THE weekend’s racing will have been enjoyable for the Dunlavin, Co Wicklow-based owner and breeder Arthur Craigie. He bred two winners, one in England over hurdles on Saturday and a point-to-point scorer at Ballindenisk the following day.
While he will have been pleased with both, he can have reason to be very excited about the former.
Hillcrest is a six-year-old son of Stowaway (Slip Anchor) and the Grade 3-winning hurdler Shop Dj, a mare that Arthur bred and raced. Saturday’s winner was always going to be a star, but we will get to that shortly.
Shop Dj is the only foal from the unraced Shoplifter (Presenting), a mare bred by Brian Darrer who also bred her dam Sea Gale (Strong Gale). Shoplifter was purchased as a foal by Arthur Craigie for IR£13,000 as a foal at Tattersalls Ireland. She went to stud at the age of three, producing Shop Dj the following spring, and that was to be her sole produce. Shoplifter died in January 2008.
As a racemare Shop Dj won on the second of her two outings between the flags as a four-year-old, captured both her starts in bumpers, and then transferred from Jarlath to Peter Fahey to continue her racing career. She proved to be an admirably smart and consistent performer, and she showed her great adaptability by winning twice over hurdles, once over fences, and also over two miles on the all-weather at Dundalk.
In the course of her career, encompassing 25 starts under rules, she took home winnings north of €140,000. Her best day came at the 2011 Punchestown Festival when she destroyed a quality field assembled for the Grade 3 Irish Thoroughbred Breeders’ Association Fillies Scheme European Breeders Fund Mares Hurdle, and the following year she was back at the same meeting to run a distant second to Sir Des Champs in the Grade 1 Champion Novice Chase.
Sent to stud, Shop Dj was first covered by Fame And Glory (Montjeu), producing a colt who sold as a foal from Craigie’s Rottenhill Stud for €21,000. Grange Stud bought him and he resold to Ronnie O’Leary as a three-year-old for a modest profit, making €40,000. Named Bold Record, he went into training with Nicky Henderson and gave Shop Dj the perfect start as a broodmare when winning a maiden hurdle at Uttoxeter on his second start.
Hillcrest was produce number two for Shop Dj and he made exactly double the price brought by Bold Record when selling to Jimmy Murphy’s Redpender Stud for €42,000. The Kilkenny-based Murphy doesn’t do modest profit and, when it came to reselling the then three-year-old at the 2018 Derby Sale, Highflyer Bloodstock had to go to €190,000 to secure him, the sixth-highest price over the two days of the sale.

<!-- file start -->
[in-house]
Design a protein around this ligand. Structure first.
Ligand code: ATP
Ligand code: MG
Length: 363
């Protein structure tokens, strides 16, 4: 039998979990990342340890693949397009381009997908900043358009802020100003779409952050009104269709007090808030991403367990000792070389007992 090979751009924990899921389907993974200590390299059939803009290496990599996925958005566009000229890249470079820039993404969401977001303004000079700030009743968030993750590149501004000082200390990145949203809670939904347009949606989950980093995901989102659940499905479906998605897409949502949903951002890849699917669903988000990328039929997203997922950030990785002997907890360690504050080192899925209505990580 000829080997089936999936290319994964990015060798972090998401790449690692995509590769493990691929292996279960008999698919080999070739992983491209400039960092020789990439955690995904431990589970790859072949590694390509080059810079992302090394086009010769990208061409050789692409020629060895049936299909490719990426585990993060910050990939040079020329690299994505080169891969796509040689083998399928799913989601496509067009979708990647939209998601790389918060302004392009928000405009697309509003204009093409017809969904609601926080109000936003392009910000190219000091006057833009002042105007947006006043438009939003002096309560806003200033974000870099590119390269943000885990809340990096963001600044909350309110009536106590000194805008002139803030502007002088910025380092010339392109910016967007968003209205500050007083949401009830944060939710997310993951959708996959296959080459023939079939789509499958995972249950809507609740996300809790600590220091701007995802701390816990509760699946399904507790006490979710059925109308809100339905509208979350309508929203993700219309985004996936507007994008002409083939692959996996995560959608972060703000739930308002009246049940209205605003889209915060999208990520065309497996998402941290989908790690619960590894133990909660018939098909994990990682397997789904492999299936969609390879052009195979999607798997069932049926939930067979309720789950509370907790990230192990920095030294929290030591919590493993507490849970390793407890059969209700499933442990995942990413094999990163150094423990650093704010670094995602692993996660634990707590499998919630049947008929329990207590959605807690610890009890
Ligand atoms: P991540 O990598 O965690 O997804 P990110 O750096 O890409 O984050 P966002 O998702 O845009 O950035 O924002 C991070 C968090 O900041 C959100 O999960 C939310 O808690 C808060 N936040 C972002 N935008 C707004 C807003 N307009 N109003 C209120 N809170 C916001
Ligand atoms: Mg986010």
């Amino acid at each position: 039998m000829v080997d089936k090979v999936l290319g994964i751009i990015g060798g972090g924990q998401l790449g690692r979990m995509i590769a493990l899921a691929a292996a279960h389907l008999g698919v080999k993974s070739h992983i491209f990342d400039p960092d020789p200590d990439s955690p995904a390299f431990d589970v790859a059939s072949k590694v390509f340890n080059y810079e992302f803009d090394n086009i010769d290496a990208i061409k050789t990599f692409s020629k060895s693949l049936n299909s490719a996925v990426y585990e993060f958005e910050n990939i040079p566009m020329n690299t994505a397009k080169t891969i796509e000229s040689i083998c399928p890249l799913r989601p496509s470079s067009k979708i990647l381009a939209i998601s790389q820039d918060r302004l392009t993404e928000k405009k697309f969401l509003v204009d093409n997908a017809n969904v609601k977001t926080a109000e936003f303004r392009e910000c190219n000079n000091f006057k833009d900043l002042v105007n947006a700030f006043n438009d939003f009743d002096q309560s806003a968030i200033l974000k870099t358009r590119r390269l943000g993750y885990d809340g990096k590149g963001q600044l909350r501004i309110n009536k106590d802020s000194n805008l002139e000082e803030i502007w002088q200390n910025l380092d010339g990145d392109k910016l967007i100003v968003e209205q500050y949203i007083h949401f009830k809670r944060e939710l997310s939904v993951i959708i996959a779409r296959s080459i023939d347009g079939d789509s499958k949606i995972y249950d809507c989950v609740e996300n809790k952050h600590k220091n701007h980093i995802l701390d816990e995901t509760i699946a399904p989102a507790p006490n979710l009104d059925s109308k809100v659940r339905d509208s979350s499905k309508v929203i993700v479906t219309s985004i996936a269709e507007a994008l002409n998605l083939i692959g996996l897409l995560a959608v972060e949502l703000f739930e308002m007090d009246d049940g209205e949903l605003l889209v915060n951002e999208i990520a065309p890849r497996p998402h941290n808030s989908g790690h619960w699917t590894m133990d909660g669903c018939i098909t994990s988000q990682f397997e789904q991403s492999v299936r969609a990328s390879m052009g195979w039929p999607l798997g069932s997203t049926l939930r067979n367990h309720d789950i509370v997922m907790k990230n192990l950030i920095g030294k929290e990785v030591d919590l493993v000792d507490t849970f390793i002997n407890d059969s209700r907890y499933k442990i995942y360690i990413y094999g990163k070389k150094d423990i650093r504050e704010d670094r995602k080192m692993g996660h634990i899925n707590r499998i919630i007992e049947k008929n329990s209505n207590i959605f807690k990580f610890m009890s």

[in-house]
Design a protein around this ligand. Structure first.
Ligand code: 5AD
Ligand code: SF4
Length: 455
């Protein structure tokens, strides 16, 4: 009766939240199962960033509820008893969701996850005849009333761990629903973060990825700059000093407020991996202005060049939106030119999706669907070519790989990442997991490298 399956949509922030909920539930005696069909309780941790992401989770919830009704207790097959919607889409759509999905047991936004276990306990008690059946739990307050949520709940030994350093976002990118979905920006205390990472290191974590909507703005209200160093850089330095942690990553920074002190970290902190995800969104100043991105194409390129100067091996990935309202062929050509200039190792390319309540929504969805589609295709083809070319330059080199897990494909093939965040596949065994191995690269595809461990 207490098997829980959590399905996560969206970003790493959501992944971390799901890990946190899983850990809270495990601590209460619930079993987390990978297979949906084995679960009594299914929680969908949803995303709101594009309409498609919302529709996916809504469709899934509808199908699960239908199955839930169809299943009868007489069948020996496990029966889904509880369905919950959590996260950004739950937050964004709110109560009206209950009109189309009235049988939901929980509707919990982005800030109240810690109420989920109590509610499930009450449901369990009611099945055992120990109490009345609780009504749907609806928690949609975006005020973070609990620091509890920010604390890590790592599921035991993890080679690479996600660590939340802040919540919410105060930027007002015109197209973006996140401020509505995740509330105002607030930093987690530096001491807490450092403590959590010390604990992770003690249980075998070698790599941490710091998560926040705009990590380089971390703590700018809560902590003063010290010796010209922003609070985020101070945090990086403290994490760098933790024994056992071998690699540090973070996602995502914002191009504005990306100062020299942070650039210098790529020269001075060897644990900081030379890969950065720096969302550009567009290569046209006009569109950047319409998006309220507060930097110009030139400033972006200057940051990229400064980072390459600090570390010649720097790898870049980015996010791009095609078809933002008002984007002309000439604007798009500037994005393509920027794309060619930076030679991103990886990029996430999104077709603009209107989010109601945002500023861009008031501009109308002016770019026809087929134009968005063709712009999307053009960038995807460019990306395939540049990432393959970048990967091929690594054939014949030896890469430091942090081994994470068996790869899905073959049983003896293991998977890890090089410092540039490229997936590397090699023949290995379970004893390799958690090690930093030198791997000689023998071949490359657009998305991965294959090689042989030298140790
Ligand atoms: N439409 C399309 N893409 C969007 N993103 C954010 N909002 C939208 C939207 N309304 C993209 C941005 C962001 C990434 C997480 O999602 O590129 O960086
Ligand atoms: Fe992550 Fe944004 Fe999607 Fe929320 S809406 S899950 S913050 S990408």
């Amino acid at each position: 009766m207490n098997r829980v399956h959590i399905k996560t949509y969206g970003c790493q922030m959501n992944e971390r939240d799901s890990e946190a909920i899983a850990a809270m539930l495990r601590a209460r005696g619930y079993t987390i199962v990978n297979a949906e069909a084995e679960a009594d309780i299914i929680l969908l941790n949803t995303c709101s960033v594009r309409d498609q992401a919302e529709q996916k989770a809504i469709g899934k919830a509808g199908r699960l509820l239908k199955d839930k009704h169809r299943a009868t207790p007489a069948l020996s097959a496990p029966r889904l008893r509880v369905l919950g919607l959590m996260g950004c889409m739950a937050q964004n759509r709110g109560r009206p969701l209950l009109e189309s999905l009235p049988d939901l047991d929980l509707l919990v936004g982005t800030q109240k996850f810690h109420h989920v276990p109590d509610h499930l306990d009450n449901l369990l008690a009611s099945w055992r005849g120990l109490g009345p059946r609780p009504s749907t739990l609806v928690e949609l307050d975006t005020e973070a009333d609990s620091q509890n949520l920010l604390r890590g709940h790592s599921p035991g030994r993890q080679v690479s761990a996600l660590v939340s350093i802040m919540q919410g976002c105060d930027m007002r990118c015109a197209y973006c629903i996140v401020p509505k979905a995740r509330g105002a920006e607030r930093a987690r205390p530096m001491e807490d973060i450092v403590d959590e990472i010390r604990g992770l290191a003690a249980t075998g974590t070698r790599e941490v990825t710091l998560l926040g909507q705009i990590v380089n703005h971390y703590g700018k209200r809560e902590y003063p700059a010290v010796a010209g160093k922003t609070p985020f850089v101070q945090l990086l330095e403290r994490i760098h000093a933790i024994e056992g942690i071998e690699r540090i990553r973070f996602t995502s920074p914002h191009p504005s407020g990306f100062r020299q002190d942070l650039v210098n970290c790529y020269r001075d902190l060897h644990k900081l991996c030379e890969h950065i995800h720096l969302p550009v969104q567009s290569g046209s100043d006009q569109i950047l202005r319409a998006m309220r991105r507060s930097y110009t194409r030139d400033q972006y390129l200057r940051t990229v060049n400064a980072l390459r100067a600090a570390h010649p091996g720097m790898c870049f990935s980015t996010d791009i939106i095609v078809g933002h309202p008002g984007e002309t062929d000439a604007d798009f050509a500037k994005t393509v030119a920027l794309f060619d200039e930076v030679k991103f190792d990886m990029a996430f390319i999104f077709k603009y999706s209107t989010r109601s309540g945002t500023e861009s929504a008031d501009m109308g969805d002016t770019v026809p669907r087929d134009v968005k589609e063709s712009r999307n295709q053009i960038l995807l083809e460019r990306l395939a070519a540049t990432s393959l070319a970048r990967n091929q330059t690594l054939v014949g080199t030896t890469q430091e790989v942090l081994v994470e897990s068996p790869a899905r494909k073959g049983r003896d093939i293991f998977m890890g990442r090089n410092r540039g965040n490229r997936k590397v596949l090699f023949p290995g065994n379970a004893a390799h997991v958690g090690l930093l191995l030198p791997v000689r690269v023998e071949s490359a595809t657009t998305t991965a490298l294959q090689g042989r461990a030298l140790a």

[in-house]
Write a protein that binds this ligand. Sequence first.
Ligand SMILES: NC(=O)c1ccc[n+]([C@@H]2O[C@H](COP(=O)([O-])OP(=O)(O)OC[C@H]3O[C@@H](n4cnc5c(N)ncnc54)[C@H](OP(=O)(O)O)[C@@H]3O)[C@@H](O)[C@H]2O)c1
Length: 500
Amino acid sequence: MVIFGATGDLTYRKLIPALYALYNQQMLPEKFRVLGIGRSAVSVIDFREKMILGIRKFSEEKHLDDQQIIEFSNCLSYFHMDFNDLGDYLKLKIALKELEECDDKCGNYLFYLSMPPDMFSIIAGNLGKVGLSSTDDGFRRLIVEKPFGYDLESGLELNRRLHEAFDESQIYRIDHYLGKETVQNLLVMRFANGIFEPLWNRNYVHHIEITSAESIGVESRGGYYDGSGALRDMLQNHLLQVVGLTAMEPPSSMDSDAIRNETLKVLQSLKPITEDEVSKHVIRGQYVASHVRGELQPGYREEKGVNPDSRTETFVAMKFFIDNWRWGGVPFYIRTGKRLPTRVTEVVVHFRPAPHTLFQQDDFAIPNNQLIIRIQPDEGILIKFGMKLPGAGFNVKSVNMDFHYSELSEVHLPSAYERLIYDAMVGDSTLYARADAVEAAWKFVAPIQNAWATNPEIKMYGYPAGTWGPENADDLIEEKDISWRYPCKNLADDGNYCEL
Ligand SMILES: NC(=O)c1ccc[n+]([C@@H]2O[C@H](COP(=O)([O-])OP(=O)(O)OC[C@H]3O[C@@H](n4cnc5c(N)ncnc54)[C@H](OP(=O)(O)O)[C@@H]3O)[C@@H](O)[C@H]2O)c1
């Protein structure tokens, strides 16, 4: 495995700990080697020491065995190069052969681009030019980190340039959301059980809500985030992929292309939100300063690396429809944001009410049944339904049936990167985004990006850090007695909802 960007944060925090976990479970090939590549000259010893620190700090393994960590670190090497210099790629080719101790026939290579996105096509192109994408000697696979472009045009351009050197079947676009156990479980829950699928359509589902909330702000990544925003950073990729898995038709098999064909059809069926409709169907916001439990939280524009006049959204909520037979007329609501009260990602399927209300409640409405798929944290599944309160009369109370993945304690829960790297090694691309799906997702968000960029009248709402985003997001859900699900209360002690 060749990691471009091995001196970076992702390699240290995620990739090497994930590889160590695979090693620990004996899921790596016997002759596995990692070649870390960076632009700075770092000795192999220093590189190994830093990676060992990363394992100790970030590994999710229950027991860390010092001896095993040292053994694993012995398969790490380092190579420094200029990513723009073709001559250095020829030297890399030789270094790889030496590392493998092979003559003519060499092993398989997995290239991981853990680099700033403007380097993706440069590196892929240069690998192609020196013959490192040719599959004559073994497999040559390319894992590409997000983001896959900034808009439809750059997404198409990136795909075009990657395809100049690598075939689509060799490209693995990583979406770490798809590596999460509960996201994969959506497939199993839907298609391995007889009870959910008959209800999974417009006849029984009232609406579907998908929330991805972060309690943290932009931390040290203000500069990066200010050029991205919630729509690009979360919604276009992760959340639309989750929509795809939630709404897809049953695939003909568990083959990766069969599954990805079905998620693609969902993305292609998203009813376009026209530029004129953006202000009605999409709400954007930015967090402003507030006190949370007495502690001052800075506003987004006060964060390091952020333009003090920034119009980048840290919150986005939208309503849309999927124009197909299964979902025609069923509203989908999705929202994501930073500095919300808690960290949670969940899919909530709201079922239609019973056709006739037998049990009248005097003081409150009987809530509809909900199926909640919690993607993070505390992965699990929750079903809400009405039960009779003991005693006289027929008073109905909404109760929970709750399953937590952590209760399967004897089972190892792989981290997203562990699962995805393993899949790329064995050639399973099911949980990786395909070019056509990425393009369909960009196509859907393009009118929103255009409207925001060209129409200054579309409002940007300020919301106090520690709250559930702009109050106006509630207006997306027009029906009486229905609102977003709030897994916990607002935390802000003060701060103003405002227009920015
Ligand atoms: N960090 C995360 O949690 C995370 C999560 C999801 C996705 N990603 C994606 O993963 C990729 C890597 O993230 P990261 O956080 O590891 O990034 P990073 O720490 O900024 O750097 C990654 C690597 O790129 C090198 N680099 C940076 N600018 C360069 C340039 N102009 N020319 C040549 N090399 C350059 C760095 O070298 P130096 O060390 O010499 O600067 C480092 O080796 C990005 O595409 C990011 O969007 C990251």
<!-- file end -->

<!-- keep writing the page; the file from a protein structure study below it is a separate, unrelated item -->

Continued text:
Owned by the late Trevor Hemmings and sent to Henry Daly to train, Hillcrest did not race until January of this year when he was beaten a neck on his debut in a bumper. He opened his winning account at the second time of asking and then was put away. He reappeared at Aintree over hurdles last month and was successful, but at the weekend he stamped himself as a horse of huge potential when routing the opposition and winning by 20 lengths.
While he may have beaten very little in terms of quality, it was the manner of the victory that was outstanding, and he is a horse of immense potential. This will make for happy reading for the likes of Rathurtin, Ballinaroone and Cois Coille Studs, and Niall Bleahan, who have all purchased some of Hillcrest’s younger siblings.
Shop Dj has visited a different stallion every year she has been at stud, and after Hillcrest was foaled she was covered by Kalanisi (Doyoun) producing an as yet unraced five-year-old mare Kaldedj, Flemensfirth (Alleged) giving a four-year-old gelding, Snow Sky (Nayef) producing a two-year-old filly, Affinisea (Sea The Stars) which resulted in a yearling colt, and this year’s colt foal is a son of Marcel (Lawman). Shop Dj was covered earlier this year by Blue Bresil (Smadoun), and is in foal.
I mentioned earlier that Hillcrest’s third dam was Sea Gale. That Edward O’Grady-trained mare had a race record that was not too dissimilar from that of her granddaughter Shop Dj.
Sea Gale must have liked the air in the west as her best wins were in a Grade 3 novices’ chase in Galway and a listed chase in Roscommon. She was placed in the Grade 3 The Irish Field Chase at Punchestown.